—In most states the convention had reached a complete organization long before its representative capacity was recognized. In 1820 the "republican" legislative caucus at Albany, whose address put Tompkins and Mooers in nomination in accordance with the "settled and approved ways" of the party, was met by a bolting caucus, whose address dealt freely in the current charges of fraud against Gov. Tompkins. In the ensuing four years the constitution of 1821 added largely to the voters of the state, and the popular convention sprang into being under the control of the young leaders in the central counties "by the lakes," who were beginning, first as anti-masons, and later as whigs, their struggle against the control of politics from Albany. In ten years, the new and facile instrument of political action had driven the legislative caucus out of existence. The first conspicuous, but by no means the earliest, convention of the new order was an anti-masonic body, which met in 1826, with Thurlow Weed as its influential manager. It still took longer to go from New York to Buffalo than in 1883 to go from New York to San Francisco; and, in the loose practice of the day, any man with interest enough to take a week's journey to a political convention was accepted as a representative, with little scrutiny of his credentials, if any were required. Progress, however, toward a different procedure, was rapid. Originating in a local call in local newspapers to the "young men's republican clubs" through the state, the "republican young men's convention," which met at Utica Aug. 12, 1828, and chose W. H. Seward as its presiding officer, was a full-fledged political convention, whose neat and rapid working shows how early the hand of Thurlow Weed learned its cunning. Its record presents delegates elected and ranged by counties, a temporary and permanent organization, committees on credentials, organization and resolutions, appointed on the instant by the chairman by congressional districts, and its close presents a complete working machine. Central corresponding committees of three were named from each county, and these were instructed to complete the county organization by a committee of five in each town, while the general conduct of affairs was intrusted to a "state central corresponding committee" of twelve "to be taken from the town of Utica and vicinity," a necessary concession to the practical difficulty of bringing together a committee including members scattered over a wider area. This convention adopted a modern platform, tacking on a tariff plank as an afterthought; but it made no nominations; approving those already made of Smith Thompson and Francis Granger on the state, and Adams and Rush on the federal ticket. Resolutions were passed, but they did not as yet constitute a comprehensive platform, and action upon nominations was reached through the adoption of a resolution—a practice which still survives in many states in the apparently useless form of adding to the platform an additional resolution giving the names of the candidates who have been put in nomination by the vivâ voce choice of the convention between several candidates. The new form of party rule was already in full operation in Pennsylvania, where by 1823 the nomination of J. Andrew Shulye was reached in a convention (March 4, 1823) only after five ballots; but so loose was party organization that the state committee appointed by the convention was at this period in the habit of meeting only to call another convention, interconvention political control vesting, as it had for so many years in "committees of correspondence" appointed by general meetings in the larger cities. In Massachusetts, at the same period (Jan. 23, 1823), the first step was taken toward a convention by adding to the "mass meeting of republican members of both branches," delegates from "republican towns not represented in the legislature." Five years later the Jackson republicans in the state had fully organized on the convention plan, and both parties in 1832. In Virginia, where, as in New York, the opposition seized on the convention in 1828, the ruling legislative caucus extended its numbers in the same method by adding representatives of counties where the party being in a minority had no representatives in the legislature. Without entering into unnecessary detail, like changes took place elsewhere, and by 1840 the legislative caucus was everywhere confined to legislative issues. "Conventions appointed by the people," said "Niles' Register," in 1827, of the coming change, "appointed by the people for a specific purpose, are not liable to the objections which apply to legislative caucuses." The result has not justified the hope.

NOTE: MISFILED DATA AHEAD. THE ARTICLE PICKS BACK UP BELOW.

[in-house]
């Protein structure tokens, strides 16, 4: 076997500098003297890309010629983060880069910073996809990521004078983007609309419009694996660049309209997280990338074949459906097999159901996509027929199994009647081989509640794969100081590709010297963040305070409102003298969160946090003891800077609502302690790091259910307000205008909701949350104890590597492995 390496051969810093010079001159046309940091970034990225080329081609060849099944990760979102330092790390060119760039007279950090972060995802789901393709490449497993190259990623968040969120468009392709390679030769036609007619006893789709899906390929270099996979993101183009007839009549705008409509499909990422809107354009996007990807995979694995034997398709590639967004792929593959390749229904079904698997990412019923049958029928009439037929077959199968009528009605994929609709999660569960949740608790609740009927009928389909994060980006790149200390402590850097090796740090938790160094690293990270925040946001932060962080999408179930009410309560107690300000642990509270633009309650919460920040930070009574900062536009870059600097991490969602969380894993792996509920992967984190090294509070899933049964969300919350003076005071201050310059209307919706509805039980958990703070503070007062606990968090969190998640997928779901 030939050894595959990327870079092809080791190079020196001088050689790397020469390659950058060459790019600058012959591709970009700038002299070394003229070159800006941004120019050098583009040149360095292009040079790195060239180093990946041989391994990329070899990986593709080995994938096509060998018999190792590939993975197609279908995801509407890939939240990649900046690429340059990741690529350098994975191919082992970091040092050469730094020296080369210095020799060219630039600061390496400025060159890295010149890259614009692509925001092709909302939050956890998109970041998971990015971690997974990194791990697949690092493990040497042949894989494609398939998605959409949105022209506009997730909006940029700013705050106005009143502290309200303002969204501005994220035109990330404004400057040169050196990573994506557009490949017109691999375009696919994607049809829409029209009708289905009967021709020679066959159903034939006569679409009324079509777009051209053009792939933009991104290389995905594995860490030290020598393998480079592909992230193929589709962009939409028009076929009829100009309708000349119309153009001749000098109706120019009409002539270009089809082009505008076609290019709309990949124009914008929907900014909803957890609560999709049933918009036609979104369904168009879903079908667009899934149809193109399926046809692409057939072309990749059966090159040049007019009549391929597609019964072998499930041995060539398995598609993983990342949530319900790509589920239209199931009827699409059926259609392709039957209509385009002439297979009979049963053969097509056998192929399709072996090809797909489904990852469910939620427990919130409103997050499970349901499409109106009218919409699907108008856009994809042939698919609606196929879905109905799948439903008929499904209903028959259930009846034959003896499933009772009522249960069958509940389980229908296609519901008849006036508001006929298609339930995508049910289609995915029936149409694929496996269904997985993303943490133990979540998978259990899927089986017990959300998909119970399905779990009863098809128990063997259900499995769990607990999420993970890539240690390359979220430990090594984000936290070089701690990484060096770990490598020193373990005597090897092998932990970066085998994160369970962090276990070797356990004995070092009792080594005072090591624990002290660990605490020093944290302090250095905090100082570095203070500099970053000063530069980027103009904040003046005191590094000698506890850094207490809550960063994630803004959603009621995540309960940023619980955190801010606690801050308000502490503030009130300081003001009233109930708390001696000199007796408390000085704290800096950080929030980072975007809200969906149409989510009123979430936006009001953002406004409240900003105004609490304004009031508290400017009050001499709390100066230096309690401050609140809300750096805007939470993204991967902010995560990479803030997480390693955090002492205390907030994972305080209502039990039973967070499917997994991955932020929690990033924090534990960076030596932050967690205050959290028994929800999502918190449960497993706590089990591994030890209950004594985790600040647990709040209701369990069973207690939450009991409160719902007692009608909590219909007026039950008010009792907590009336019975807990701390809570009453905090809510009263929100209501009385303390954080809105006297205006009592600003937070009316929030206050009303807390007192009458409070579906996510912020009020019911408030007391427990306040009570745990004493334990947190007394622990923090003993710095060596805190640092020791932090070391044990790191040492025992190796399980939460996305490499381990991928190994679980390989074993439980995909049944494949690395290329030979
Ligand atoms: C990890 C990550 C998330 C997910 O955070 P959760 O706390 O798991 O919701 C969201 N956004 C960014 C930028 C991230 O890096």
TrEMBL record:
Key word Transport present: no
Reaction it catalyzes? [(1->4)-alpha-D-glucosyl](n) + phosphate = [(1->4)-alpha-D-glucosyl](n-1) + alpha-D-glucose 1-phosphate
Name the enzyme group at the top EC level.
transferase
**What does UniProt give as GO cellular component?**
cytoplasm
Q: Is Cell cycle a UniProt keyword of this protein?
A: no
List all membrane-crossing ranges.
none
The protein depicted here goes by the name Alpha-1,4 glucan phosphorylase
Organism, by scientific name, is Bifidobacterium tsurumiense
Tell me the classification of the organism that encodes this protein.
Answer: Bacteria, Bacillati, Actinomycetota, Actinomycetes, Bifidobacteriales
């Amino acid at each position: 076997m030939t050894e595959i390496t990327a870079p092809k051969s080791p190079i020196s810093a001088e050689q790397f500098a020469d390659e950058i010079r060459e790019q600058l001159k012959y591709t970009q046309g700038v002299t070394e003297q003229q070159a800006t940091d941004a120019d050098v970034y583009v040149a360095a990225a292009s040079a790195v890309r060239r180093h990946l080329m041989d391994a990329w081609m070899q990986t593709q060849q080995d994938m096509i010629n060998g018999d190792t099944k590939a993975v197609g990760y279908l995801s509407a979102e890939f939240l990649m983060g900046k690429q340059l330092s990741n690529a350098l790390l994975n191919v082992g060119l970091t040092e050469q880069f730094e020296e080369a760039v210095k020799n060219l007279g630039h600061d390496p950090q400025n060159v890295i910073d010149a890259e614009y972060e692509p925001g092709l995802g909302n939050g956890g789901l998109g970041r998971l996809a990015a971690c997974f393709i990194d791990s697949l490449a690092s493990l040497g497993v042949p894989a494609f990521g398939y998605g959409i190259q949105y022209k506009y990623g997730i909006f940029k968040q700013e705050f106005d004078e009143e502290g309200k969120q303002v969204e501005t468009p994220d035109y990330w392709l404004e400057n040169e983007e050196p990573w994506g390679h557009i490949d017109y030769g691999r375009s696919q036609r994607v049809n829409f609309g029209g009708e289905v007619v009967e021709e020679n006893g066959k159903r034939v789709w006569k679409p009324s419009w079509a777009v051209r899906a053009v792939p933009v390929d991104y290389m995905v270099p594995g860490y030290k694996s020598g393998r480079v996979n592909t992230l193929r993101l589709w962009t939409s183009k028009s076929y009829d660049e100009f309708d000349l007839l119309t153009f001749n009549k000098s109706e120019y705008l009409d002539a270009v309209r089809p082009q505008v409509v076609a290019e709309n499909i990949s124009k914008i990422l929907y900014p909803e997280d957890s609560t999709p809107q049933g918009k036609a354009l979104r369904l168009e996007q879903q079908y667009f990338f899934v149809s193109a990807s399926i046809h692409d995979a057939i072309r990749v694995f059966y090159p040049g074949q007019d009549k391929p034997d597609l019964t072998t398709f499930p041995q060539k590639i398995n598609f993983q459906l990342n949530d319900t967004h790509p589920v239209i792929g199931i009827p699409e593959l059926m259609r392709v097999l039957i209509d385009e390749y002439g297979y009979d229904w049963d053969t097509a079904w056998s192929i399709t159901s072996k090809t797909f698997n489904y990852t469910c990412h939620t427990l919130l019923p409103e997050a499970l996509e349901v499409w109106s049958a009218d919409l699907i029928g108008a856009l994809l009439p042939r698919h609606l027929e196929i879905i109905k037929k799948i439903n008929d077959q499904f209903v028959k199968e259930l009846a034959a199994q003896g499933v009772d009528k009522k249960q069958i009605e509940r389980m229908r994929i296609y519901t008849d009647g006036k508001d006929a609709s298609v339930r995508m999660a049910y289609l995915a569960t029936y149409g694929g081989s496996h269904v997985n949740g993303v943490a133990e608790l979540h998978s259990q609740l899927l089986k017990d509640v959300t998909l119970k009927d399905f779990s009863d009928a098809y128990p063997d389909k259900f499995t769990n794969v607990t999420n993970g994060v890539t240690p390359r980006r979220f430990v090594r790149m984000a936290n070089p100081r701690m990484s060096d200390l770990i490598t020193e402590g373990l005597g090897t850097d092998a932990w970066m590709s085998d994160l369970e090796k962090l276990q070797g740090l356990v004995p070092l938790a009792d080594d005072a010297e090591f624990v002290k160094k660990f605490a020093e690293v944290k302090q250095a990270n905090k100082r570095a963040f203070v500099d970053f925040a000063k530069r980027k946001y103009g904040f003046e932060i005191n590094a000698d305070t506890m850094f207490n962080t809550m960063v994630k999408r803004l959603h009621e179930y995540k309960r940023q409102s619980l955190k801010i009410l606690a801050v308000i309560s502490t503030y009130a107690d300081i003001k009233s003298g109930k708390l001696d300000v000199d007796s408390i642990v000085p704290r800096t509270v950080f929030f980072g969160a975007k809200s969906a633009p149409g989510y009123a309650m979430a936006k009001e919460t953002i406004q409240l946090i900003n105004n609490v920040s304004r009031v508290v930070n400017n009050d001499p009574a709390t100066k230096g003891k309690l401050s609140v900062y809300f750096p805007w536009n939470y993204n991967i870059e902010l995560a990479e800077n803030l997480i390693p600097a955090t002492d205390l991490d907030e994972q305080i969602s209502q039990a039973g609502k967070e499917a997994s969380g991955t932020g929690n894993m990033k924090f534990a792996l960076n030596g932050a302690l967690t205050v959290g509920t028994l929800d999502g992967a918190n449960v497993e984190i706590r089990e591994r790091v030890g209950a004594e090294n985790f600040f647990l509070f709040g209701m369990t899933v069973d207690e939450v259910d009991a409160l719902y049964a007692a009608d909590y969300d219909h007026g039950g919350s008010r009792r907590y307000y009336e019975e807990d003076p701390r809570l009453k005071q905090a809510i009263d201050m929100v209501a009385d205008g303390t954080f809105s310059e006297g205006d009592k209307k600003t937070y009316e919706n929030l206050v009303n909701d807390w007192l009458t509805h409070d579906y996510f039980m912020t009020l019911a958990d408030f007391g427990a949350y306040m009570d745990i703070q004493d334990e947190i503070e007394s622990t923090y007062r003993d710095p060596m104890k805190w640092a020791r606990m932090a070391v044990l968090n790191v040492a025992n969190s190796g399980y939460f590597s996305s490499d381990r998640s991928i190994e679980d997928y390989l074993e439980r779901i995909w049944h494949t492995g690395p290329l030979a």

—The national convention grew by the same slow degrees. The disappearance of the congressional caucus was not felt in the eight apathetic years of Monroe's administration. The nominations of state legislative caucuses, by dividing the electoral vote, led to the serious and dangerous struggle of 1824, in which national politics sank to its lowest personal plane. A remedy was plainly necessary. A congressional caucus had been considered a "republican tenet," and the powerful caucus at Albany in 1823, as in 1831, urged that one be held, while the Massachusetts caucus convention, which put forward John Quincy Adams, deprecated the necessity of "nominating a candidate for the presidency by assemblies in the states." By 1827-8 it became plain that no other course was open, and the combined action of legislative caucuses and state conventions, held in general on Jan. 8, 1828, placed Jackson in the field, usually but not always, with J. C. Calhoun as candidate for vice-president. In Virginia this was done by a convention made up of fourteen senators, 157 members of the house of delegates, and twenty-three special deputies, representing in all ninety-six counties out of 109. In North Carolina and New Jersey the counties elected delegates to a nominating convention, as did the anti-Jackson men in Virginia; in Pennsylvania and New York a legislative caucus acted, and in the former a convention filled out the electoral ticket; in Vermont a "convention of freemen" made a presidential nomination, and "certain citizens of Batavia, New York," did the same. The preliminary party struggle presented, in short, every form of party action. Four years later it was clear that the concerted action between the states which had given Jackson's canvass such momentum could best be reached by a national convention. A congressional caucus better suited the Albany regency, and they pleaded for one without effect. All parties adopted the convention; but Jackson's friends in New York, Pennsylvania, Virginia, Ohio, Tennessee, Georgia and South Carolina, endeavored, in the last instance fruitlessly, to secure a nomination from a legislative caucus, while Clay's friends obtained like action in Massachusetts, Connecticut, Louisiana, Kentucky and Maryland. The convention was at this period the favorite device of the opponents of the administration, and their national convention was the best organized, although the selection of its delegates was made by loose methods which early disappeared. The whig convention, which met in Baltimore, Dec. 12, 1831, was called by a caucus of the Maryland legislature. This call proposed a representation for each state equal to that enjoyed in the electoral college, and suggested, but did not require, the election of delegates by congressional districts. In Maine and Pennsylvania this was done; in New Hampshire a legislative caucus chose delegates; in Massachusetts "a convention of 200 members" acted for the state in expressing a presidential choice, besides making state nominations; in Connecticut harmonious action was taken by a legislative caucus and a state convention, the districts, in addition, choosing their own delegates; in New York a state convention chose the entire state delegation of two at large and one for each congressional district; while Maryland and most of the southern states acted through conventions. These irregular elections were order itself compared with the loose election of delegates to the democratic convention which nominated Andrew Jackson and Martin Van Buren, at Baltimore, May 23, 1832, where the vote of Pennsylvania was cast by a group of self-appointed delegates. At these early national conventions each delegate cast one vote, except as a vote by states was required, when the electoral apportionment came into play, and the rule requiring a two-thirds majority in making a nomination was adopted by the democratic convention of 1832. This rule was re-enacted by the democratic convention which met at Baltimore, May 20, 1835, and has become the common law of the party in its national conventions and in many state and county democratic conventions in the south. At the same time the unit rule, giving each state delegation the right to cast its entire state vote as a majority of its members should direct, was also adopted, and, like the other, has gained the sanction of unbroken democratic usage. In whig and republican conventions neither of these rules has obtained, although an effort to enforce the last led to a long and bitter struggle in the republican national convention at Chicago, in June, 1880.